Six Links Worthy Of Your Attention #287

Mitch JoelPosted by

Is there one link, story, picture or thought that you saw online this week that you think somebody you know must see?

My friends: Alistair Croll (BitCurrent, Year One Labs, GigaOM, Human 2.0, Solve For Interesting, the author of Complete Web Monitoring, Managing Bandwidth: Deploying QOS in Enterprise Networks and Lean Analytics), Hugh McGuire (PressBooks, LibriVox, iambik and co-author of Book: A Futurist’s Manifesto) and I decided that every week the three of us are going to share one link for one another (for a total of six links) that each individual feels the other person “must see”.

Check out these six links that we’re recommending to one another: 

  • Resistance to last-resort antibiotic has now spread across globe – New Scientist. “Well, crap. Next to vaccination, the discovery of antibiotics is one of the greatest achievements of medicine. Before antibiotics, the world was ugly, messy, and lethal. People died in big, contagious, painful, awful ways. But, by not managing antibiotics properly (giving them out too easily, not finishing our prescriptions, and using them to make livestock bigger faster), we’ve used up the miracle. Time to wash our hands a lot, and be really, really careful not to cut yourself.” (Alistair for Hugh). 
  • I’m Doing Work – Sluggish. “I’m liking Sluggish a lot. ‘We keep using that word, productivity. Maybe it doesn’t mean what we think it means. Why is an obsession with productivity making people do bizarre and pointless things? I’m sold.” (Alistair for Mitch).
  • Religious children are meaner than their secular counterparts, study finds – The Guardian. “Alistair challenged me to come up with more morality articles, so here is one to chew on. Study shows kids who are more religious are less altruistic than secular kids. If you are secular kind of guy, like me, this confirms all sorts of hunches and biases I have (namely, that more religious people are more judgemental, and not as nice as their religion suggests they ought to be). Here’s scientific ‘proof’ that my hunch is right!… Right? Well, wait… read my article for Mitch (below) before you make up your mind.” (Hugh for Alistair).   
  • Here’s Why That Study Claiming Religious Kids Are Less Altruistic Stinks. Updates – William M. Briggs. “A reminder that, usually, any article you read in the mainstream press that has the words ‘study finds’… you should probably just toss in the garbage. This post looks at the study mentioned in The Guardian article above, about kids, religion and altruism. And tears apart any faith you should have that this ‘study’ means anything at all. The press loves (because, so do we, so do I) controversial topics ‘proved’ by ‘studies’… no matter how thin the evidence, and how preliminary the study. The scientific method works incrementally: someone publishes a study, other scientists look at the study, and try to tear it apart – conclusions are either confirmed (slowly), or disproved (usually faster). But, of course, the mainstream press doesn’t work like that: ‘study shows’ is all they need to get rolling… And we lap it up.” (Hugh for Mitch).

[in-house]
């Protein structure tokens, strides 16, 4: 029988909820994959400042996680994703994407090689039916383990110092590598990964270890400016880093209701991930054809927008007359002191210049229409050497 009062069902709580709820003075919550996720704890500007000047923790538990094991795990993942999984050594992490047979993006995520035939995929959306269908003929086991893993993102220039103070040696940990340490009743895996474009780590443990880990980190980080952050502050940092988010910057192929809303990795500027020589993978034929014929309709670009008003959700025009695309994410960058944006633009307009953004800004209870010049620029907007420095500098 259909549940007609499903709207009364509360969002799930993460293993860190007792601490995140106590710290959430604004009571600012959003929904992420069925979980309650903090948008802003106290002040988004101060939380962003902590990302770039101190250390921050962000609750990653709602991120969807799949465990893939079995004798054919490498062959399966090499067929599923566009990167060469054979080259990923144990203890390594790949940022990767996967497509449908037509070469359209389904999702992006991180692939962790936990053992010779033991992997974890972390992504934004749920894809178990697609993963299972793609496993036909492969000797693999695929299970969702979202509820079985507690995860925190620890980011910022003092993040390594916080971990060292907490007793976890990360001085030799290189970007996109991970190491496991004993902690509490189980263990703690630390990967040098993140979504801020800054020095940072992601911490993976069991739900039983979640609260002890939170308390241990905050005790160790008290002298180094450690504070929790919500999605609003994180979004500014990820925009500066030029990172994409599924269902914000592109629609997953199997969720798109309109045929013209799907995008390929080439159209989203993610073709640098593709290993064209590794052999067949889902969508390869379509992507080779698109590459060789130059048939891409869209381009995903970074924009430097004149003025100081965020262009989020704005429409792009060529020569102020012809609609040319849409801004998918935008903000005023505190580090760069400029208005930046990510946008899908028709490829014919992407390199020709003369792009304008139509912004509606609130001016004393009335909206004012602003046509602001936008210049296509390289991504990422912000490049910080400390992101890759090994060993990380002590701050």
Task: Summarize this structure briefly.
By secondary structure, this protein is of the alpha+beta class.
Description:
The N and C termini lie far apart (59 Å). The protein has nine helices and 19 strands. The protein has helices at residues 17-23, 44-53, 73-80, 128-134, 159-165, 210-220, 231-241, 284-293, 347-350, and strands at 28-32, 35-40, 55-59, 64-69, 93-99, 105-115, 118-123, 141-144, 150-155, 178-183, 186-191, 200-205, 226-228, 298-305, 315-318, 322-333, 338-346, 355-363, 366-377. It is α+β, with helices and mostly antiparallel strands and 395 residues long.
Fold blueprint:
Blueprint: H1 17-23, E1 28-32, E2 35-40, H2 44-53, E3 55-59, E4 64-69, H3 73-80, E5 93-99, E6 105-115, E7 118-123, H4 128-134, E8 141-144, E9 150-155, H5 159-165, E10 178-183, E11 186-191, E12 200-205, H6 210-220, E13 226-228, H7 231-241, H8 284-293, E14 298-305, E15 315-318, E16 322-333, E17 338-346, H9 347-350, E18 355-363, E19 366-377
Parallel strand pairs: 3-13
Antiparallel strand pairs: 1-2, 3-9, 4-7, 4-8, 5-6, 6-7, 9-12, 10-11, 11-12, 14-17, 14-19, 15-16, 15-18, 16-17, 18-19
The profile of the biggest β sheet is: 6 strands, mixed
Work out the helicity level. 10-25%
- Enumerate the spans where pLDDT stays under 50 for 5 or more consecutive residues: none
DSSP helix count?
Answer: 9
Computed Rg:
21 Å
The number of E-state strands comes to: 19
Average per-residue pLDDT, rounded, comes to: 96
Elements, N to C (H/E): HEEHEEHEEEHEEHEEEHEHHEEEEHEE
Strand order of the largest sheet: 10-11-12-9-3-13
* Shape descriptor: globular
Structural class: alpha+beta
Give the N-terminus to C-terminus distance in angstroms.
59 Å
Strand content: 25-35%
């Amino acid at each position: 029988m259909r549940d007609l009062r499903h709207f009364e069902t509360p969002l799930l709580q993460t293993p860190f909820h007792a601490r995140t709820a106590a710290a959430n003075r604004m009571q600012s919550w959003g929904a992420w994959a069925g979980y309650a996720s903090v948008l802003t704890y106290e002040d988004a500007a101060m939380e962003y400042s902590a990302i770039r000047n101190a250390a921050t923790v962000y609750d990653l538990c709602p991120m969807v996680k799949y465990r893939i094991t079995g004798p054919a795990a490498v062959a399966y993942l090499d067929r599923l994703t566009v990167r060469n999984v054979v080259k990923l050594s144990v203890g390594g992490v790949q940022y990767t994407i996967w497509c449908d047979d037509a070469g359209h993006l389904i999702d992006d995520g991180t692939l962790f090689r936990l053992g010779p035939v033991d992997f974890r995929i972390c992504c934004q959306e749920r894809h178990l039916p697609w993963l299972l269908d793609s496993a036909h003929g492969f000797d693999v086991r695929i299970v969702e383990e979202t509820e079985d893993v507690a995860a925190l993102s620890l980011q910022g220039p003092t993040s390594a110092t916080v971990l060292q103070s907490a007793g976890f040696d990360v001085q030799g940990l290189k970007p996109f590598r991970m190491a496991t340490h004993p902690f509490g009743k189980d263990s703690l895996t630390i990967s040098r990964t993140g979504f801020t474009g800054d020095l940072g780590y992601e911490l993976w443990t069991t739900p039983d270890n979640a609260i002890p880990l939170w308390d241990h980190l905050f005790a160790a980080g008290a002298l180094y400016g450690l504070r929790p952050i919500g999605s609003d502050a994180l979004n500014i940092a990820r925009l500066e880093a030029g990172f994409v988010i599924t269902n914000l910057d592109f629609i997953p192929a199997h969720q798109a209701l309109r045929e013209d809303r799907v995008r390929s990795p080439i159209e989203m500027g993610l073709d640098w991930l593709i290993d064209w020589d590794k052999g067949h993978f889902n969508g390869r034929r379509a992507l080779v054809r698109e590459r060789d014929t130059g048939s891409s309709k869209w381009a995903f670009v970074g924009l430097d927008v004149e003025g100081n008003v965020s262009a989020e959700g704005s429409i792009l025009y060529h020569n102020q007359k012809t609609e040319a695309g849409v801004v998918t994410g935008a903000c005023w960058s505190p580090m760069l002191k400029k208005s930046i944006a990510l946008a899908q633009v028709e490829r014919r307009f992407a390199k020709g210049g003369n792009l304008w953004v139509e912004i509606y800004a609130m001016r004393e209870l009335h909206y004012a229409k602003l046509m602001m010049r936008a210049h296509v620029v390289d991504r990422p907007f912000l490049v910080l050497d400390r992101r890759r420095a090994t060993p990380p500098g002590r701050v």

• Why Mars Should Be Independent From Earth – BBC. “OK, so let’s say that we do actually colonize Mars (and, by the way, how crazy of a thought is that?). This is the stuff of science fiction, but we’re hearing so much about it, that it’s starting to feel like we may actually live to see human beings as a multi-planetary species (which, for the record, just blows my mind). So, let’s assume that yes, in fact, we have the science, willingness, capabilities and citizens who will move across time and space to get there. Now what? Are they citizens of Mars and/or Earth? Do they have dual citizenship? Two passports? Stop laughing. This article thinks that whoever decides to move to Mars should have to renounce their citizenship here on Earth.” (Mitch for Alistair).
  • Malcolm Gladwell Hands Out Book Blurbs Like Santa Does Presents – The New York Times. “Apparently, famed business book author and creative non-fiction writer, Malcolm Gladwell, doesn’t mind blurbing a book. A blurb is that quote (sometimes on the front of the book, but mostly on the back cover) that enables a relatively unknown author to leverage someone who is more popular to endorse their work. Blurbs are a big part of the publishing business. Book publishers always want to know who will endorse a book. The bigger the name, the more celebrity that they have, the better. Some see blurbing a book as a great form of personal branding and marketing (I know that I do), others think that it can dilute everything (like this piece). I think blurbs are good (especially, if they’re authentic). I also see nothing wrong with Gladwell using this forum to get more people to see his name in more places. Apparently, other people don’t like this practice.” (Mitch for Hugh).

Feel free to share these links and add your picks on Twitter, Facebook, in the comments below or wherever you play.

"I'm Doing Work" from Sluggish on Vimeo.